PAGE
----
For me, the best version of the libretto to Candide is still probably the original one by Lillian Hellman. It moves swiftly; it’s pointedly, bitingly funny; and — maybe this is important only to me, but hey — the structure of its story is the one that the songs were actually written to work with. I say probably the best, though, because I’ve never actually seen Hellman’s original libretto performed; I’ve only read it, but many times and with a lot of pleasure. It clearly has its problems, too, but boy, I wish I could see half the talent and effort go into strengthening its few flawed scenes that has gone into replacing it altogether. When a revival was planned in the 1970s, Hellman was told that another writer was being brought in, over her objections, to revise the book, and in response Hellman refused permission for so much as one line of her writing to be used at all. But Hellman is no longer with us, and I continue to harbor the hope that I might live long enough to see her estate give permission to use her book with revisions — and of course that the revisions will be well done.
In the meantime, I think this is a terrific and enjoyable production and well worth seeing. This version of the libretto is awkward in a lot of ways, but it’s serviceable. The performances are excellent. And of course the score is brilliant, both musically and lyrically. Very good stuff.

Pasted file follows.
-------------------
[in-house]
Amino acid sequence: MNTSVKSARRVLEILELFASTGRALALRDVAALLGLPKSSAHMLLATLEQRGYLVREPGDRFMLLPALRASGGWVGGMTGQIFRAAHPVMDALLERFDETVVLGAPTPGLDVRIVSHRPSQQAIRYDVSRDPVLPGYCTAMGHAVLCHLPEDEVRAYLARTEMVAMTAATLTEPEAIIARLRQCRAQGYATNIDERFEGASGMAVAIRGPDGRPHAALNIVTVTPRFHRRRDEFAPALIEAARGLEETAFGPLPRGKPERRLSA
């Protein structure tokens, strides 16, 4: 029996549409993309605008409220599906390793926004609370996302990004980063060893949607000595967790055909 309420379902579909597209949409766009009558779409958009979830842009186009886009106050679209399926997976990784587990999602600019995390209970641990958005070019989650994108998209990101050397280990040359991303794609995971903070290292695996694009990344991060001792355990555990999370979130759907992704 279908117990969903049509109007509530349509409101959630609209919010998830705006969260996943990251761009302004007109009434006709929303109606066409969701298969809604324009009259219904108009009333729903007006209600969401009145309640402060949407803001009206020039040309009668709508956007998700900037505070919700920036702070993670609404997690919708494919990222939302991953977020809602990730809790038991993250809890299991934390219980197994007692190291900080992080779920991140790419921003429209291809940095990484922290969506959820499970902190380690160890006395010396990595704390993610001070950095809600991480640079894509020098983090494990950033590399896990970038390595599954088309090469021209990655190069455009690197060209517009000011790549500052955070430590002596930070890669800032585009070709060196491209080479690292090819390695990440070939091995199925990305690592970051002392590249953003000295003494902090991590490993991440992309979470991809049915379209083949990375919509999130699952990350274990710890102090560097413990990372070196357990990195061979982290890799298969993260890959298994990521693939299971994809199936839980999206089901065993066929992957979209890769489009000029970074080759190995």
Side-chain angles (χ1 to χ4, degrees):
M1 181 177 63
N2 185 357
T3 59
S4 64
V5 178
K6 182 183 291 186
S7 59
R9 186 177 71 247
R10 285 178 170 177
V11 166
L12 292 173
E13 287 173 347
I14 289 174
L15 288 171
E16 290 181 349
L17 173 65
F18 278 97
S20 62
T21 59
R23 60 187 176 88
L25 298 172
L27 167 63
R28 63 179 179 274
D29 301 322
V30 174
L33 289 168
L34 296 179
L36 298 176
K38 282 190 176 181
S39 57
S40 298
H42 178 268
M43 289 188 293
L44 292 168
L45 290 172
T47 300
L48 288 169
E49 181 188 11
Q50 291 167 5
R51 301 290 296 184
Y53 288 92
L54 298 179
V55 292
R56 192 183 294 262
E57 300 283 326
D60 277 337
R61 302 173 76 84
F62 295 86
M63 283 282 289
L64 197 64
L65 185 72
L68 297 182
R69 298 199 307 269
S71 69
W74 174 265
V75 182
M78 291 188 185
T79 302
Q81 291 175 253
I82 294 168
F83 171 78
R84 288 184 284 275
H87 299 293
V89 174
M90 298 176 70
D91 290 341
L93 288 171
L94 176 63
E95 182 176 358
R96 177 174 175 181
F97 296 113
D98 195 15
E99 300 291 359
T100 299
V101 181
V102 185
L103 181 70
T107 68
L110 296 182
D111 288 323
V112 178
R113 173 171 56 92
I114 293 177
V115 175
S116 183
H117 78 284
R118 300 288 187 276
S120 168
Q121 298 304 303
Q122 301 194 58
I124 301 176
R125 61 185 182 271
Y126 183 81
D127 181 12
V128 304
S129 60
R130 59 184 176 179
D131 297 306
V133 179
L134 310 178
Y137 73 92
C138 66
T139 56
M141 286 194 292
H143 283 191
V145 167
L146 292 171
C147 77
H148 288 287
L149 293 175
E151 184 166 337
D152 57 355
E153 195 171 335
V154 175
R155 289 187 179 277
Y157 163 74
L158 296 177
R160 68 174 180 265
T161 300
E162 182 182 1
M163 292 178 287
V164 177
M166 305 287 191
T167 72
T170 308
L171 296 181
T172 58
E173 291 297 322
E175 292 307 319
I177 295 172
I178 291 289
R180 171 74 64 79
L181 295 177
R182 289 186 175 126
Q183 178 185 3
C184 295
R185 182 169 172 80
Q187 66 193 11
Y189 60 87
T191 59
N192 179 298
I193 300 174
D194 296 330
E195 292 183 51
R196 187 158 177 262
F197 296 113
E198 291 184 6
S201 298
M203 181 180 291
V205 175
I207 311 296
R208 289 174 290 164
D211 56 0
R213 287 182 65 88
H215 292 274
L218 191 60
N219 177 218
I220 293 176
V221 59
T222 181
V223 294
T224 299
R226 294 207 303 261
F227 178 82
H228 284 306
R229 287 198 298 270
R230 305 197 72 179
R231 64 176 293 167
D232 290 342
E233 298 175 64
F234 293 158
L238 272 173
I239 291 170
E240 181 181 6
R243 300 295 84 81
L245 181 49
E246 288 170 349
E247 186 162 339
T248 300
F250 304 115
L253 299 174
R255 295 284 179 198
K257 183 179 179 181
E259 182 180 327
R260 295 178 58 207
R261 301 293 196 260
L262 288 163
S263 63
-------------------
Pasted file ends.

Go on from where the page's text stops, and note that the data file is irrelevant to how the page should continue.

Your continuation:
Dave and I saw Tom Stoppard’s Indian Ink in a new production at A.C.T. this week. Good production of a good play, part satirical comedy and part historical romance.
My only serious problem with the production was that the pacing gets draggy here and there, particularly in the second act. A certain deliberateness in the pacing is more of a necessity than a problem, as the Geary is a very big, echoey theater, and dialogue can be hard to catch if taken at a pace that would be normal in a smaller theater; and then on top of that many of the characters speak in Indian accents that make the words harder to catch. But at times the pacing slows down even more than that, presumably for the emotional effect, and, for my taste anyway, there are a few too many of those times and they go on a bit too long.
The acting is terrific all around — especially, I thought, Brenda Meany as a British poet visiting India in the 1930s, Firdous Bamji as the Indian artist who paints her portrait while she is there, and Anthony Fusco as the nerdy modern-day academic who is looking — a lot too hard and a bit too literally — for evidence of a love affair between the two of them.